The Nigerian Medical Association (NMA) says it will sponsor an anti-quackery bill to the Lagos State House of Assembly to give legal backing to its fight against quackery in the profession.
Adetunji Adenekan, NMA Lagos Chairman, made this known in an interview with the News Agency of Nigeria (NAN) on Saturday in Lagos.
Quackery involves having illegal persons or unlicenced individuals practising in the medical profession.
According to Mr Adenekan, quackery poses a threat to the realisation of quality health care delivery in the state.
He said that failure to prosecute quacks in the medical profession encouraged the dangerous practice throughout the country.
”Most patients go to hospitals to seek medical care without knowing if the doctors in attendance are qualified to cater for their needs.
“Many Nigerians have fallen victims to these quacks which have either led to their deaths or worse medical conditions.
“Having an anti-quackery law would help prosecute the perpetrators under the appropriate law instead of impersonation or other flimsy charges that hasn’t done much as a deterrent,” he said.
He said the association would hold an anti-quackery summit in the first quarter of 2022 with relevant stakeholders to develop a strategic document that would be used to drive quality healthcare and development in the state’s health sector.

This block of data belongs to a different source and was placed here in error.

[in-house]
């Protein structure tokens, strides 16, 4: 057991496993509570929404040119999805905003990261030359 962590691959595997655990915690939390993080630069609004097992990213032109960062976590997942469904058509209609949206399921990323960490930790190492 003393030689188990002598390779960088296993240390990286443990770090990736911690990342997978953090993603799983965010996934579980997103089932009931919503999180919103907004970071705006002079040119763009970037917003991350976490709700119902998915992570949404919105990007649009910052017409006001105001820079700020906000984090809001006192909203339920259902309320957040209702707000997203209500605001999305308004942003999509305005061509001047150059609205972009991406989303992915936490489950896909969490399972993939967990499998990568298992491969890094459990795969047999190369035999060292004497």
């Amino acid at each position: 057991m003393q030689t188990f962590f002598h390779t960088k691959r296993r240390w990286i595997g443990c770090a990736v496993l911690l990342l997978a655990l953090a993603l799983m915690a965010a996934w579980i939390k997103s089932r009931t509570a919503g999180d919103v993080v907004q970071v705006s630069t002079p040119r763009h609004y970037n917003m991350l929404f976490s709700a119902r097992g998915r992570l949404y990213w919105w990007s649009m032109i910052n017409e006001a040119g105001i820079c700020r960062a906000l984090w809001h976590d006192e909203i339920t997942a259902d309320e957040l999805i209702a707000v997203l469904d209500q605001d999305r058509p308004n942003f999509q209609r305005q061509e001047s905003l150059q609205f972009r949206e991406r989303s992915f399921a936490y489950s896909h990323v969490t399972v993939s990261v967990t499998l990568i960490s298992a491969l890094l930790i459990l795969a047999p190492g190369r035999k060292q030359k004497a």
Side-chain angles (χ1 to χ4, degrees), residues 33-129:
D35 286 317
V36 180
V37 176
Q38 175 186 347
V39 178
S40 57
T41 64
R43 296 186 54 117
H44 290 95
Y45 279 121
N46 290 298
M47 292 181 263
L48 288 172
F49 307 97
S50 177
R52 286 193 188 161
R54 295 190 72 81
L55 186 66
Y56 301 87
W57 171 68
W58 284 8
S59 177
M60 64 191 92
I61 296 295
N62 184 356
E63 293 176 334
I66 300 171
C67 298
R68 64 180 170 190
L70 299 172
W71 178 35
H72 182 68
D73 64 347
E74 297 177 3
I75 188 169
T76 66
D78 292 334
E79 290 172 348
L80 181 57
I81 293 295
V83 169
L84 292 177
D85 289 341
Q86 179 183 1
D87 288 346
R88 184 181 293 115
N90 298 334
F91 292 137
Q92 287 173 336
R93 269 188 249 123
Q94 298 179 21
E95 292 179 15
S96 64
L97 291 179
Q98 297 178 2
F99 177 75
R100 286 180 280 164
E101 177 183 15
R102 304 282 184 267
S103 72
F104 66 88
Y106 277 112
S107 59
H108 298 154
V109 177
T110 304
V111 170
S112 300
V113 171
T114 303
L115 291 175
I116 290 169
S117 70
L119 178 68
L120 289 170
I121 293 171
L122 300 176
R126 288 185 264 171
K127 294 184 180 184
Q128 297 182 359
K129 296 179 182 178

The NMA chairman said that the control of quackery required public education, effective monitoring and regulation, noting that the association would sensitise the public on the dangers of patronising quacks.
“As an association, we advise that when a patient decides to seek medical care at a health facility, the patient should demand to see the credentials of the medical personnel on duty.
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“Or better still look at the wall of the hospital to see if any licences are being displayed.
“If they have any suspicion, such should be reported to the nearest Medical and Dental Council of Nigeria (MDCN) office or the NMA office, and appropriate investigations will be carried out,” he said.
Mr Adenekan also commended the decision by Lagos State Government to shut down the Vedic Lifecare Hospital, Lekki, for allegedly employing unlicensed expatriate medical personnel.
“Vedic Lifecare Hospital is a good health facility and I don’t understand the reason why they would engage in a practice that would affect them,” he said.
Mr Adenekan said the shut down of the facility by Health Facility Monitoring and Accreditation Agency (HEFAMAA) suited the NMA’s plan to rid the state of quackery in the medical profession.
NAN recalled that the state, through its HEFAMAA, had shut down Vedic Lifecare Hospital for “employing unlicensed expatriates”.
The agency said that it received information that some facilities were engaging foreign-based transient medical doctors (FBTMD).
It said that the foreign doctors would come into the state, stay for a period of time to provide medical care to patients and perform medical procedures before returning to their respective countries.
The health agency said that the government was concerned about the credentials and experience of such foreign health workers.
It warned hospitals to desist from using foreigners whose certificates and licences had not been verified by the MDCN toward safeguarding the health of the populace. (NAN)
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